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It’s been about two weeks since I set up my Garden Tower 2, and so far, all the seedlings have seem to have taken well to their new home. Particularly happy are the tomatoes, cucumbers, peas, and squash. The lettuce, while growing, looks a bit sad due to the constant 80°F-plus temperatures we’ve been having the past few weeks.
My husband cut up a bunch of invasive Norway maples in the yard a few weeks ago, so I used the skinny-yet-strong limbs to stake up my peas with some green jute garden twine.
Enter the Worms!
Our 500 composting worms from Uncle Jim’s Worm Farm arrived three days after we ordered it via FedEx. I was a little put out with the delivery service, since they were left on in the hot sun on my porch when I explicitly put in delivery directions to place them in the covered wicker basket on my porch. Luckily, the red wigglers and European nightcrawlers seemed no worse for the wear.
Both species of worms arrived in their own desperate cloth bag, burrowed in some nutritive peat moss to keep them alive. The flyer that came along with the worms said that they might not be moving, but to give them a little water. However, both batches seemed to be as happy as could be, and we added them to the Garden Tower compost tube, which had already been collecting a few days’ worth of kitchen scraps, torn paper bags, and paper towels. We checked in on them a few days later, and all the “Lowly Worms” (as my Richard Scarry-obsessed two-year-old daughter named them) were plump and doing their vermicomposting job.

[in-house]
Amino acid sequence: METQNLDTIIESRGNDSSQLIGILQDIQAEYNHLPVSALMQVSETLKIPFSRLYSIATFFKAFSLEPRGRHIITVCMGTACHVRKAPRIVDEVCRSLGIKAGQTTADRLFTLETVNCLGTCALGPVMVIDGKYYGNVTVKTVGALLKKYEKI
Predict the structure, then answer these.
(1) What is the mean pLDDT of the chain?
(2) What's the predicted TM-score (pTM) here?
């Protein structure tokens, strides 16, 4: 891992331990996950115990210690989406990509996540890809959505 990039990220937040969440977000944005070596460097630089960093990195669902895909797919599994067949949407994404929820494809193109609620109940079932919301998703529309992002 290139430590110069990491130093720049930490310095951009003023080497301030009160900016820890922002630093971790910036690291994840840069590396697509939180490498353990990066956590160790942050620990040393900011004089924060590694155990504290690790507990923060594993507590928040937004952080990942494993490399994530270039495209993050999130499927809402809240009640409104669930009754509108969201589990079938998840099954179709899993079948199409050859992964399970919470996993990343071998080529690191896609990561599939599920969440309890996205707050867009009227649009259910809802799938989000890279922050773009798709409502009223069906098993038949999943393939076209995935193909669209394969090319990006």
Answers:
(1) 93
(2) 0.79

My daughter was absolutely horrified at my husband threw an apple core in the kitchen trash, and scolded him: “DADDY! Don’t throw away the apple bones! We need to feed our wiggly worms!”
She absolutely loves the tower, but she isn’t exactly gentle with the plants yet. We may have lost one butternut squash to rough handling. She also pulled out the screen that separates the compost from the water drawer, and it was a bit difficult to put back in, as the compost started dropping. It wasn’t fully turned by the worms yet, so I had to collect a bunch of it to slide the screen back in. I returned the compost to the top of the compost tube, which is getting harder to access as the tomato plants grow.